In 1949, C. Douglas Ramey established a theatre workshop called The Carriage House Players, named for the building at 310 W. Kentucky in which it found a home. The following year, the troupe relocated to 1011 South Fifth Street, and in 1960, it gave its first summer Shakespeare performance in Louisville’s Central Park. A program called “Students for Shakespeare” was begun in 1962, bringing the plays of the Bard to area schools.
Ramey died in 1979, but his work was carried on by the company’s succeeding directors. In 1984, Shakespeare in Central Park was designated as the official state Shakespeare Festival by the Kentucky legislature. The park’s amphitheatre was redesigned and seating capacity was increased in 1988. Three years later, a permanent stage house was built.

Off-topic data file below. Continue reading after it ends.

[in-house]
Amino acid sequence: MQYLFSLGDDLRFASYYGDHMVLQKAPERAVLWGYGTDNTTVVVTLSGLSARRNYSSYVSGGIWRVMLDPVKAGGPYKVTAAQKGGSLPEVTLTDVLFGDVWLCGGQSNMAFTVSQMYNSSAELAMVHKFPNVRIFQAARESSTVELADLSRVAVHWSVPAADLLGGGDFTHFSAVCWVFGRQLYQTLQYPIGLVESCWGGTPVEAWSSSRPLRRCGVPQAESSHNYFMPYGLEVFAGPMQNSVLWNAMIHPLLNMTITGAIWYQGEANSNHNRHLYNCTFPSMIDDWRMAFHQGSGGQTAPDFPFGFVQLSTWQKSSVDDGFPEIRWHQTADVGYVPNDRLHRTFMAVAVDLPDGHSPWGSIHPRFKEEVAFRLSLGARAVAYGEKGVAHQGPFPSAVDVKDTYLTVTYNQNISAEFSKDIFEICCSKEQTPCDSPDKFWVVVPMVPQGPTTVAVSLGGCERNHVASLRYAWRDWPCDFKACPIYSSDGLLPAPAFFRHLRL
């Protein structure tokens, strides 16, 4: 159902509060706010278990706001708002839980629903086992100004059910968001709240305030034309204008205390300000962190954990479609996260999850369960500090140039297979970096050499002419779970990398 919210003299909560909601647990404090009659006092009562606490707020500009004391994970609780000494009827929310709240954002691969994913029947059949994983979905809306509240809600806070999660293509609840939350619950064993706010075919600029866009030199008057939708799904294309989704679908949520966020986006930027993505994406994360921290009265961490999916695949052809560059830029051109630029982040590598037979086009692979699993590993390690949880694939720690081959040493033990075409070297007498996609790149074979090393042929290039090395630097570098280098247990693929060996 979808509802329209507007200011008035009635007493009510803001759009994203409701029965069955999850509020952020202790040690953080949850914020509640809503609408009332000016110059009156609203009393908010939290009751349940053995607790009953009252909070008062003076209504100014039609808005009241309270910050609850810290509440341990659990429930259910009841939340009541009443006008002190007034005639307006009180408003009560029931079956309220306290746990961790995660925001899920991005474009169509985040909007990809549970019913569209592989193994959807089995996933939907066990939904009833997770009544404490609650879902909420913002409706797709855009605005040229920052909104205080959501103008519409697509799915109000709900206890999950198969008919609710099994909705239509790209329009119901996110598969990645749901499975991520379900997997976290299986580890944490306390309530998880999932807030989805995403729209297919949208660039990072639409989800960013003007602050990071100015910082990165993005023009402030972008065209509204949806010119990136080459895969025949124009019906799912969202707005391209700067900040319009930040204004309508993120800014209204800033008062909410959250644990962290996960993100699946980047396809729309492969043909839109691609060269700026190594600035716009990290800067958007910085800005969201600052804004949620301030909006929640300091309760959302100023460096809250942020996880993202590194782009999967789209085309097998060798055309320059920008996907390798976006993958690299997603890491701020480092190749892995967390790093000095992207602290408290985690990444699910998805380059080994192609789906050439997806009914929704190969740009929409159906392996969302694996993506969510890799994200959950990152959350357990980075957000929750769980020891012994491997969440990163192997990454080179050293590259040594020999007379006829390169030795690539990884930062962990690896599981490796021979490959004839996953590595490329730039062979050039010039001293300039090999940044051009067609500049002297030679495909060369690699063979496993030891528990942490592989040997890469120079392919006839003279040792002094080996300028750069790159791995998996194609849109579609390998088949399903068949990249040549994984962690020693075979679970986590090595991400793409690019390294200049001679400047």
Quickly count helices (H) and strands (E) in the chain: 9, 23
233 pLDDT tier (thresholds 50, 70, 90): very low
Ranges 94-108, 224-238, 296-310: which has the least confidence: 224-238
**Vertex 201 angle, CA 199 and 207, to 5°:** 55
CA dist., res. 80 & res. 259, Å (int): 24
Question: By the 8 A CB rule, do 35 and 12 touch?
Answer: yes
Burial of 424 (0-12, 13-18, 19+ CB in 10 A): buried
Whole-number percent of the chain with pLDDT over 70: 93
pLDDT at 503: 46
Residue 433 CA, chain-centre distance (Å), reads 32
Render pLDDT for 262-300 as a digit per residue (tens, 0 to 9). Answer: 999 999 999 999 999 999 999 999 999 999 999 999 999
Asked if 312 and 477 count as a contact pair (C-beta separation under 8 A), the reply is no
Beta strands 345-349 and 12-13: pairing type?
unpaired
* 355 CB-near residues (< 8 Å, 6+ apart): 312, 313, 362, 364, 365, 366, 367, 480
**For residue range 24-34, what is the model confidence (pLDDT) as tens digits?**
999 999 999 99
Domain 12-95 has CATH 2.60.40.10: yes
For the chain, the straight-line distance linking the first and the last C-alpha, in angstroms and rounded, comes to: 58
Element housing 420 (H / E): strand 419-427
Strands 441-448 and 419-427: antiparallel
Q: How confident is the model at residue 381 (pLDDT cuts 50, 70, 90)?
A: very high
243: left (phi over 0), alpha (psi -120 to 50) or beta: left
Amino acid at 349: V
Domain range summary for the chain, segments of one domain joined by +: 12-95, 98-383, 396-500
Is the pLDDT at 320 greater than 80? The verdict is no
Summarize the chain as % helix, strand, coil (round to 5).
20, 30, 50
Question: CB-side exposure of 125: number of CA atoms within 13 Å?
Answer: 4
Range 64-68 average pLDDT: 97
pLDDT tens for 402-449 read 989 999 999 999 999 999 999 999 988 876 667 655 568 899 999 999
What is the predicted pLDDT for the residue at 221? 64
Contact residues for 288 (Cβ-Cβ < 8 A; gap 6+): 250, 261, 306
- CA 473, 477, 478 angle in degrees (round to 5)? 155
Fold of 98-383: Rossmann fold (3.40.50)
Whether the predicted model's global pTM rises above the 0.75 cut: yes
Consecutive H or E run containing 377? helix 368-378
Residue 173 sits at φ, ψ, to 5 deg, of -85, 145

The Festival’s growth continued despite periods of financial instability. KSF created the school program “Shakespeare Alive!” In 1991, a program titled “From the Page to the Stage” was developed in conjunction with the Folger Shakespeare Library in Washington, D.C. Other major initiatives include “Shakespeare Behind Bars,” a drama-in-education program for inmates of the Luther Luckett Correctional Complex in LaGrange, Kentucky; and the “Shakespeare Youth Academy,” a series of summer camps running concurrent with the Shakespeare in Central Park performances.
Kentucky Shakespeare Festival Information
- Public Transportation: Good
- Handicapped Accessibility: Yes
- Performance/Programs: The festival runs in the summer.
- Admission: Productions are presented free of charge.